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‘WE COULDN’T HOLD HIM BACK,’ ADMITS HOOPS BOSS ON THE RISE OF FRIMPONG

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JEREMIE FRIMPONG left Celtic’s bosses with no alternative but to give him a first-team chance.

John Kennedy, the Hoops No.2, admitted the Dutch teenager, who arrived on a four-year deal from Manchester City on the September 2 transfer deadline, admitted the champions couldn’t hold him back.

Frimpong, whose fee will rise to £1million with add-ons, was so impressive in his initial days at Parkhead that he made his debut in the top side against Championship side Partick Thistle at Parkhead on September 25 – a mere TWENTY-THREE days since his deadline-day arrival.

The Hoops coasted to a 5-0 triumph and the speedy right-back became an instant hit with the fans.

Kennedy, speaking to the Celtic View podcast, said: “It’s been a big plus for us. Jeremie came in as a young player with talent to initially be around the squad, to get a feel for it and then for us to build him up to become hopefully an important player in the future.

“But, to be fair, it was one where, over a period of weeks, and seeing him on a daily basis, he kept impressing. He kept showing what he was about. He’s very determined, he’s got terrific pace and what fans were seeing in the games, we were seeing on a regular basis in training.

IN WITH A SHOUT…Jeremie Frimpong after scoring his first Parkhead goal against Hibs.

“And I remember there was just one day when myself, the manager, Neil Lennon, and Damien Duff were talking at the side of the training pitch and it was a case of we’re just going to have to put him in, we couldn’t hold him back any longer. And, basically, that’s what happened.

“That’s how he got himself in the team and it was through how he was training and the impression he was making within that. Forget about his age, or the size of him or anything else. What he can offer and the ability he has was just too much to hold back.

“You get that with young players. There comes a time, and you can sense it, where you’re going to have to put them in, whether that’s an appearance here or there, or right, okay, just put him in and see how he goes.”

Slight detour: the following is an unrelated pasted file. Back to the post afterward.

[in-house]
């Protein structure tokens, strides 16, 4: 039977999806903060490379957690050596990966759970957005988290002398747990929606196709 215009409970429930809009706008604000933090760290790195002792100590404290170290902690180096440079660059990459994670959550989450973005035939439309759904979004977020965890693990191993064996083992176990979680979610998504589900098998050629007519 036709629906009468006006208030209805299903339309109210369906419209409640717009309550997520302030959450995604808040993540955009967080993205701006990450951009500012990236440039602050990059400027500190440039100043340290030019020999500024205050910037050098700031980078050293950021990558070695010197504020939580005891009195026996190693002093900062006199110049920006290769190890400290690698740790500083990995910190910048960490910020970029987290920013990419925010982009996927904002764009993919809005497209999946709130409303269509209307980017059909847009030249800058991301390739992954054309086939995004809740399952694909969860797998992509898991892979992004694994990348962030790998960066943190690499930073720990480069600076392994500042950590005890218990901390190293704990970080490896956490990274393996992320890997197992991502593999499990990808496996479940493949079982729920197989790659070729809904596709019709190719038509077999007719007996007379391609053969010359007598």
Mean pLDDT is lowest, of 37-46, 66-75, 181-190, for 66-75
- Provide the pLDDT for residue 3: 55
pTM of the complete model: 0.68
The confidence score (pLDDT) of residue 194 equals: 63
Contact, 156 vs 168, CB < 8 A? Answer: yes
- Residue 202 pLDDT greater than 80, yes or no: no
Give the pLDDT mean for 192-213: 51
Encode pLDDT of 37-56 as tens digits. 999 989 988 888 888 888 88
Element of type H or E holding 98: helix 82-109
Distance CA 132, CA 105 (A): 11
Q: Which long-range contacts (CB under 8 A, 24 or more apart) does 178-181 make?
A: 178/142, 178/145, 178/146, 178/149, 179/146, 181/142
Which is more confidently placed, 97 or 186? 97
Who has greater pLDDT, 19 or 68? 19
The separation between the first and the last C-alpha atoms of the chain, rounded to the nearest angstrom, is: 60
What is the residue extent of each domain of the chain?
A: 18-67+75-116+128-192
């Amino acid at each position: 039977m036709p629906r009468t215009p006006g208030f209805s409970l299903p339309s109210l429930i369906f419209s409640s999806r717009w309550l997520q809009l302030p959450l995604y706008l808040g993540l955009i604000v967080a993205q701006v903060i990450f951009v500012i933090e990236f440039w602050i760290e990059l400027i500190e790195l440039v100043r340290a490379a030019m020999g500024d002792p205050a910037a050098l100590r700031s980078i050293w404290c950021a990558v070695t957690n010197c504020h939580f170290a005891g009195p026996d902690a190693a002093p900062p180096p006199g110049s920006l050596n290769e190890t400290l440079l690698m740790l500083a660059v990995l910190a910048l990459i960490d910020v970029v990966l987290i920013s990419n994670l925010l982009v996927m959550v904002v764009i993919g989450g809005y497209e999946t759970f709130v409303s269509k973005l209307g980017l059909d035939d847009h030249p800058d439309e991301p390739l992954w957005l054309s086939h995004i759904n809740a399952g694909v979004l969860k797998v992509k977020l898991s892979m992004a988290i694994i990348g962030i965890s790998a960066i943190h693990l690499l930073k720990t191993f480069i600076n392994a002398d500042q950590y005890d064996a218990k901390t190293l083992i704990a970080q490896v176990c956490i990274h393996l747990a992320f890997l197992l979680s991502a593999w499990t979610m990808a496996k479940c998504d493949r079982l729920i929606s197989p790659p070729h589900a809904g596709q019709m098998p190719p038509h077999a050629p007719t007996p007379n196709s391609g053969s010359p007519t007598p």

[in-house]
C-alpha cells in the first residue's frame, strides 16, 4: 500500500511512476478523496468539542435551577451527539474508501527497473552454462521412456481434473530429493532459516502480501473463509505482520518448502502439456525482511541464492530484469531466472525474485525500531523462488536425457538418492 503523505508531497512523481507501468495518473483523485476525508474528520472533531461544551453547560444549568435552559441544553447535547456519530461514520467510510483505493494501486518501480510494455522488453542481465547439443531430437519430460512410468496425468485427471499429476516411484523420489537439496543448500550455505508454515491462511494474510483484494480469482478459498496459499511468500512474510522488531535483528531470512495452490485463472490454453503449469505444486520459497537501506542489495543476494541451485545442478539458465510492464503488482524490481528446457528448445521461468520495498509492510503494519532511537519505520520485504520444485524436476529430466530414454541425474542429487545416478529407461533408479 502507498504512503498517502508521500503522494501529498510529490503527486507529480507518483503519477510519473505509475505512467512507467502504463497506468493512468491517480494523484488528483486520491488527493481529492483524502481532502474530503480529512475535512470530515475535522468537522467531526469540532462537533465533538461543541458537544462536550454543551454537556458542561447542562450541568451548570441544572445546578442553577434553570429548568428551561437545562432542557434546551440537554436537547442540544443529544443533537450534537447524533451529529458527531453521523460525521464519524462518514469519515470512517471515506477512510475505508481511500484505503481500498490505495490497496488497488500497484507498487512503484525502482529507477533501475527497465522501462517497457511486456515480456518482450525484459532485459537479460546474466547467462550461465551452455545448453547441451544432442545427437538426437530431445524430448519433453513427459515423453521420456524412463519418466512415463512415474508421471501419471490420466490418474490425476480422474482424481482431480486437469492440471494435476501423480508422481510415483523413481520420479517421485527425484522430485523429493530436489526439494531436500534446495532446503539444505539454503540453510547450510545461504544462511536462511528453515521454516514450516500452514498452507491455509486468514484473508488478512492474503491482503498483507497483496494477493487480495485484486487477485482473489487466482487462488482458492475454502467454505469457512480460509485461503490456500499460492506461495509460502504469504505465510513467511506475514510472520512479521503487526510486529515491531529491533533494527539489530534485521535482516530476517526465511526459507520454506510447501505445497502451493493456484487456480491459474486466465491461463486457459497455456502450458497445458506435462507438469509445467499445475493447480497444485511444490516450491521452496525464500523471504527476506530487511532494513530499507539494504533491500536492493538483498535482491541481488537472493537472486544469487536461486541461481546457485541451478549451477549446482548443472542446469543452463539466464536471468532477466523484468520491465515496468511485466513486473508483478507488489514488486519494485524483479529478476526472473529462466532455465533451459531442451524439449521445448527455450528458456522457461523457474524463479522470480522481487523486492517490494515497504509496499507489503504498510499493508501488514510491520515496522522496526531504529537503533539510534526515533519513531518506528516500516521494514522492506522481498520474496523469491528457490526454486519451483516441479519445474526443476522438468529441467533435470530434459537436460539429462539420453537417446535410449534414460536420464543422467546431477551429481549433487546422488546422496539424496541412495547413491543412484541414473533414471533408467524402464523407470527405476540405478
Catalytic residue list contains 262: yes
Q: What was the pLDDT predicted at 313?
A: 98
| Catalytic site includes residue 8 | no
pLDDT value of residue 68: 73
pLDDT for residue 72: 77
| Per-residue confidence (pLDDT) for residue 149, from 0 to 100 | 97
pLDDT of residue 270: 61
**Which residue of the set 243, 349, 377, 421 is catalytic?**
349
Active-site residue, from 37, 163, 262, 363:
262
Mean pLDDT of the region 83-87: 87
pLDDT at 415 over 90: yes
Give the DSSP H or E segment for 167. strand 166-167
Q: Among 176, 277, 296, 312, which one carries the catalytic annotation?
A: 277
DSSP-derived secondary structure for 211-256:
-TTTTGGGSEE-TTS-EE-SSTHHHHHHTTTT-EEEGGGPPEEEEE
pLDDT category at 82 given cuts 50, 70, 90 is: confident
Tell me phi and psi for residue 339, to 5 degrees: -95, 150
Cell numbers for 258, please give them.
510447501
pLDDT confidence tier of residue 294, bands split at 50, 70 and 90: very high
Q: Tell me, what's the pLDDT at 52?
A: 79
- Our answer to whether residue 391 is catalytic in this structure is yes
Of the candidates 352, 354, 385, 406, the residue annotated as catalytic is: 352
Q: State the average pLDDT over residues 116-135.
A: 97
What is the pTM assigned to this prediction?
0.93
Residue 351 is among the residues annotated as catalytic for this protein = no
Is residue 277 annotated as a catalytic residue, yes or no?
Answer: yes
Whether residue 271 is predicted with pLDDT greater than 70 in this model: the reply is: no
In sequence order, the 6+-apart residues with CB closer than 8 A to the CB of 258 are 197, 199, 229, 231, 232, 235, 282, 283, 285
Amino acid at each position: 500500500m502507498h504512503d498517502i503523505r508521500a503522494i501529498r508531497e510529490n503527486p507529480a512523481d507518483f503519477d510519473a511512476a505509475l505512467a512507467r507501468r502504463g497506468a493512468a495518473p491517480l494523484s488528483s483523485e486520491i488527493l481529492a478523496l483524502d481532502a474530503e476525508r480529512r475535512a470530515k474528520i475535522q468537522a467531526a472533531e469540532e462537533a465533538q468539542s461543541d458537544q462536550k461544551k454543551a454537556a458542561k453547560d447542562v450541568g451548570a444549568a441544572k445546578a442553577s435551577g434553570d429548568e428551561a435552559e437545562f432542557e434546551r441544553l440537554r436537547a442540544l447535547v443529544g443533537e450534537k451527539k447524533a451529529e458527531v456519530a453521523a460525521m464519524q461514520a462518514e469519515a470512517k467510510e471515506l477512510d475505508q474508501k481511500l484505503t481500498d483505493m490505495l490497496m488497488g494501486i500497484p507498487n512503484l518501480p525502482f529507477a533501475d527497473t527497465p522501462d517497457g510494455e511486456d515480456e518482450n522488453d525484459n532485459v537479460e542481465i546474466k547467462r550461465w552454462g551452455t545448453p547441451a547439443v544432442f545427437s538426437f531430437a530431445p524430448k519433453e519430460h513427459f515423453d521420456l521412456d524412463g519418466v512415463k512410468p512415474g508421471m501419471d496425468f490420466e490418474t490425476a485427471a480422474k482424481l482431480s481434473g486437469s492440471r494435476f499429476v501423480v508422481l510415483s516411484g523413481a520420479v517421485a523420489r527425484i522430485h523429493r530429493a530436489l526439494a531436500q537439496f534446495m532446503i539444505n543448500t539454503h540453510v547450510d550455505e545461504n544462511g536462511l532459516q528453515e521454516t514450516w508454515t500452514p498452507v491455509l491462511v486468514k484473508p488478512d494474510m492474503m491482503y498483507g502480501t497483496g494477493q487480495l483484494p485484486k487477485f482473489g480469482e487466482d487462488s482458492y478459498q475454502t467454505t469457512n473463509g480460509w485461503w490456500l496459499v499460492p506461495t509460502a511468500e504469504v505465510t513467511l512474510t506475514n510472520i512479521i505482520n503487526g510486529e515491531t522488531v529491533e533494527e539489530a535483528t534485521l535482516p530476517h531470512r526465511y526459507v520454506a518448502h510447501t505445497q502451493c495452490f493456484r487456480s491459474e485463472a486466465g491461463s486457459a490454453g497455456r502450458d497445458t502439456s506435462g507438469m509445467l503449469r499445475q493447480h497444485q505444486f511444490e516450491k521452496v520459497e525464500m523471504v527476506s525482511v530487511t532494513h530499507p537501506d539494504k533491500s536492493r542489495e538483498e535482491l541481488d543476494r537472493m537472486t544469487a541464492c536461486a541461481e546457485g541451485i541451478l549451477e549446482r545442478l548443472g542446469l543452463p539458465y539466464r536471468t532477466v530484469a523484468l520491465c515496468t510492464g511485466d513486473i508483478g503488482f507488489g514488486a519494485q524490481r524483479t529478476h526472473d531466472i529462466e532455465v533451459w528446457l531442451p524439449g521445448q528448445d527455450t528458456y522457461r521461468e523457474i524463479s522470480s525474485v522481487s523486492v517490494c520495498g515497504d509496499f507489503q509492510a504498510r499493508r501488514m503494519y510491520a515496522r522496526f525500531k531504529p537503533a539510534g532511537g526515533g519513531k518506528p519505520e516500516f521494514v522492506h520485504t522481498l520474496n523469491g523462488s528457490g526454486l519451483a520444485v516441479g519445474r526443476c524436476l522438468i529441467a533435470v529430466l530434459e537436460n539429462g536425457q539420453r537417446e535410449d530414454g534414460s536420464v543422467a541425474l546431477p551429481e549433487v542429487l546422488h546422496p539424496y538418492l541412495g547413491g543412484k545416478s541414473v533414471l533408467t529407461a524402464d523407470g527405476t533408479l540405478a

Frimpong also played in the 4-1 win over Ross County in Dingwall on October 19 and he scored his first goal in his third outing, the 4-0 rout of Aberdeen at Pittodrie.

He claimed his initial striker at Parkhead in the 2-0 victory over Hibs on December 15.

Before that, though, in only his ninth professional appearance, the Amsterdam-born performer, who turned 19 just before the turn of the year, celebrated his first piece of silverware in a hectic encounter against Steven Gerrard’s Ibrox outfit in the Betfred League Cup Final at Hampden on December 8.

Christopher Jullien scored the only goal of the game on the hour mark – and three minutes later Frimpong was red-carded by Willie Collum as he conceded a penalty-kick which, thankfully, was saved by Fraser Forster.

A clattering and needlessly-wayward challenge by Kilmarnock midfielder Alan Power in the fading moments of the Hoops’ 3-1 victory at Rugby Park on January 22 left the teenager sidelined for a spell before he made his inevitable return.

ON THE BALL…Jeremie Frimpong on the attack.

Kennedy added: “The manager had great faith in Jeremie. He identified quickly that we had to give him the opportunity and then see how he develops and progresses. He’s never looked back. And he’s been an important player for us in the games he’s played.

“Every day he’s the exact same. He doesn’t change who he is. He’s very real, there’s no falseness about him and he’s very bubbly and a great character to have around. Plus he’s a very good trainer.

“He’s still got a lot to do. He’s young and naïve at times and there have been some of the bigger games with positioning and things where he maybe loses concentration. But you forget how young he is and as much as he’s got so much to offer, being a young player he’s still got a lot to do, as well.

“But he knows that. He’s one where we’ve got regular contact with and we chat to him and we work on things. With his ability – and the natural and physical elements of his game that he offers – he’s only going to get better and better.

“So, the more games he plays, the more he works with us, hopefully he keeps developing and who knows where that may lead to?”

 
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